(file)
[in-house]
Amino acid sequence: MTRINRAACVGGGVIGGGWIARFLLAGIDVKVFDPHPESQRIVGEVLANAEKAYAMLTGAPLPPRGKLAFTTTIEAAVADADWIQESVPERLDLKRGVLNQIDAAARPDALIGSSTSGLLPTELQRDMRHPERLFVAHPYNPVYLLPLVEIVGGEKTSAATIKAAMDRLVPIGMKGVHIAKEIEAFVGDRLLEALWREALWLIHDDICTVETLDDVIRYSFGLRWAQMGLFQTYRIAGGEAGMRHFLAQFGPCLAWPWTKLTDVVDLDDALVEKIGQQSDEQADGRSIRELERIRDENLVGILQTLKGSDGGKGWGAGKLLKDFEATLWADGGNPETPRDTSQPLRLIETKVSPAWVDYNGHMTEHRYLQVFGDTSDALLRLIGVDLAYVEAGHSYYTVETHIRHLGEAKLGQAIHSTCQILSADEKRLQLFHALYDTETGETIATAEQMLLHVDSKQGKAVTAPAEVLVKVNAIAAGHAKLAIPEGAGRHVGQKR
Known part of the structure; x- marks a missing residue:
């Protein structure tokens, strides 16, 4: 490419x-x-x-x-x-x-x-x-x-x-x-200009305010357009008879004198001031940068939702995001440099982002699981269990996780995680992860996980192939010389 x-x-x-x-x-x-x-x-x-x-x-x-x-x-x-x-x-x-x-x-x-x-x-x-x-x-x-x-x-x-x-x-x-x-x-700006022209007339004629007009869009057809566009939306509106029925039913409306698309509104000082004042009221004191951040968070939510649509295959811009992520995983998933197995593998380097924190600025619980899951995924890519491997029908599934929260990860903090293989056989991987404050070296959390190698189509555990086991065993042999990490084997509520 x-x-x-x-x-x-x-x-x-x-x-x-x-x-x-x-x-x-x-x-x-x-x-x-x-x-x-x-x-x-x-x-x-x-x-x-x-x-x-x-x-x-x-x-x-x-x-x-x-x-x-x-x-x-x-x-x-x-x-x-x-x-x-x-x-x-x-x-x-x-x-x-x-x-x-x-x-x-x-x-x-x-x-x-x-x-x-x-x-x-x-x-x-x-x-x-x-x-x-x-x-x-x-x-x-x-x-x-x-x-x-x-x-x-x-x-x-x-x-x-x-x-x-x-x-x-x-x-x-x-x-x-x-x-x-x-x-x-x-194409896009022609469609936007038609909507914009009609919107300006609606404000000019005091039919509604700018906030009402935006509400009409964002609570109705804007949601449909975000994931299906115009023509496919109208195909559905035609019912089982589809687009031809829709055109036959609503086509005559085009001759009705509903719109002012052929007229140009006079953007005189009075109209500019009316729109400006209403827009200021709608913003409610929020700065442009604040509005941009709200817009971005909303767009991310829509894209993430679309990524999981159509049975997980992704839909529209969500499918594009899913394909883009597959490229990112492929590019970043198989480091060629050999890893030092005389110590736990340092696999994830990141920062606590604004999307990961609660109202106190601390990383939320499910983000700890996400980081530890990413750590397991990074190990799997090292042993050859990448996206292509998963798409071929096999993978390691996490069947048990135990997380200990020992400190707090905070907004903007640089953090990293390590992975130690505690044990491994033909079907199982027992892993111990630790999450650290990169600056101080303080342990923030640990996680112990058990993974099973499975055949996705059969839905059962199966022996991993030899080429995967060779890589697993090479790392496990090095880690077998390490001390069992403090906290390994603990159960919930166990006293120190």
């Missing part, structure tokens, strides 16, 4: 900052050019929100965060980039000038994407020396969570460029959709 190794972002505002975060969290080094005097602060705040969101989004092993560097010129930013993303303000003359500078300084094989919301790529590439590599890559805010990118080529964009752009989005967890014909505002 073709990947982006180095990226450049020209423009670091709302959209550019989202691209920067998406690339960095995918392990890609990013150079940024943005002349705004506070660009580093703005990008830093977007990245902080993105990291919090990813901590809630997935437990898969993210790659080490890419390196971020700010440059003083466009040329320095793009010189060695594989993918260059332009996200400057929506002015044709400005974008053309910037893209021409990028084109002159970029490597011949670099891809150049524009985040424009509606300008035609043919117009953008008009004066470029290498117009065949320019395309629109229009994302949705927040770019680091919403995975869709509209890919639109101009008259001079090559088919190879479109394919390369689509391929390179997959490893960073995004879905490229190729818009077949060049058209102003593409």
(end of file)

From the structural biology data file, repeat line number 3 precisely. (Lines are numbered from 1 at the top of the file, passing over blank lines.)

Known part of the structure; x- marks a missing residue: